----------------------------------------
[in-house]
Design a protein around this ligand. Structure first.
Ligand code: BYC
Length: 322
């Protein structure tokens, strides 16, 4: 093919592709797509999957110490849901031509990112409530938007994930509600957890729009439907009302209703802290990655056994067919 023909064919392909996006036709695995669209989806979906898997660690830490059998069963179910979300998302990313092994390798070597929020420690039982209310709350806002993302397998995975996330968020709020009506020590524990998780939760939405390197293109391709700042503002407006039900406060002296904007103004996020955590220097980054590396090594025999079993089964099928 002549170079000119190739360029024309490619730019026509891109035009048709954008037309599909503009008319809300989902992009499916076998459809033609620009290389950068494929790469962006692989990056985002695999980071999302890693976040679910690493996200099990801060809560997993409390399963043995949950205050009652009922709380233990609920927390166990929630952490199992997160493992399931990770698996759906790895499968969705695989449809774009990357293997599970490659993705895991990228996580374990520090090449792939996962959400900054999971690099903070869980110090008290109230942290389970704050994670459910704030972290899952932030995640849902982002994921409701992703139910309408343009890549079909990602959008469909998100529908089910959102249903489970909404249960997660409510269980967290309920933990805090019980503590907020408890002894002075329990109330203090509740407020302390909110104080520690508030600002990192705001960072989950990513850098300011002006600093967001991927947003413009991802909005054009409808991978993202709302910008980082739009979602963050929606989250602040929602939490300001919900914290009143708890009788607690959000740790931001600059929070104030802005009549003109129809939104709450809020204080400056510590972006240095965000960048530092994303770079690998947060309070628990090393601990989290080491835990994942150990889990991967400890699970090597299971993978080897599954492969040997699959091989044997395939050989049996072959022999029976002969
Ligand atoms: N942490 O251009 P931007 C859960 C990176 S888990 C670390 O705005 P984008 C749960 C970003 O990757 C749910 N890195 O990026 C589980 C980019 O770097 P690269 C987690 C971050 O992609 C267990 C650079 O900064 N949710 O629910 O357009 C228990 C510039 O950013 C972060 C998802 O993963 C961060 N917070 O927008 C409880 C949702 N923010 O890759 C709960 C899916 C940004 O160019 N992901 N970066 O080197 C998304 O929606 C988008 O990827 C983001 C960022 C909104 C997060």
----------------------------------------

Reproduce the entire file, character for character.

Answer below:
[in-house]
Design a protein around this ligand. Structure first.
Ligand code: BYC
Length: 322
């Protein structure tokens, strides 16, 4: 093919592709797509999957110490849901031509990112409530938007994930509600957890729009439907009302209703802290990655056994067919 023909064919392909996006036709695995669209989806979906898997660690830490059998069963179910979300998302990313092994390798070597929020420690039982209310709350806002993302397998995975996330968020709020009506020590524990998780939760939405390197293109391709700042503002407006039900406060002296904007103004996020955590220097980054590396090594025999079993089964099928 002549170079000119190739360029024309490619730019026509891109035009048709954008037309599909503009008319809300989902992009499916076998459809033609620009290389950068494929790469962006692989990056985002695999980071999302890693976040679910690493996200099990801060809560997993409390399963043995949950205050009652009922709380233990609920927390166990929630952490199992997160493992399931990770698996759906790895499968969705695989449809774009990357293997599970490659993705895991990228996580374990520090090449792939996962959400900054999971690099903070869980110090008290109230942290389970704050994670459910704030972290899952932030995640849902982002994921409701992703139910309408343009890549079909990602959008469909998100529908089910959102249903489970909404249960997660409510269980967290309920933990805090019980503590907020408890002894002075329990109330203090509740407020302390909110104080520690508030600002990192705001960072989950990513850098300011002006600093967001991927947003413009991802909005054009409808991978993202709302910008980082739009979602963050929606989250602040929602939490300001919900914290009143708890009788607690959000740790931001600059929070104030802005009549003109129809939104709450809020204080400056510590972006240095965000960048530092994303770079690998947060309070628990090393601990989290080491835990994942150990889990991967400890699970090597299971993978080897599954492969040997699959091989044997395939050989049996072959022999029976002969
Ligand atoms: N942490 O251009 P931007 C859960 C990176 S888990 C670390 O705005 P984008 C749960 C970003 O990757 C749910 N890195 O990026 C589980 C980019 O770097 P690269 C987690 C971050 O992609 C267990 C650079 O900064 N949710 O629910 O357009 C228990 C510039 O950013 C972060 C998802 O993963 C961060 N917070 O927008 C409880 C949702 N923010 O890759 C709960 C899916 C940004 O160019 N992901 N970066 O080197 C998304 O929606 C988008 O990827 C983001 C960022 C909104 C997060």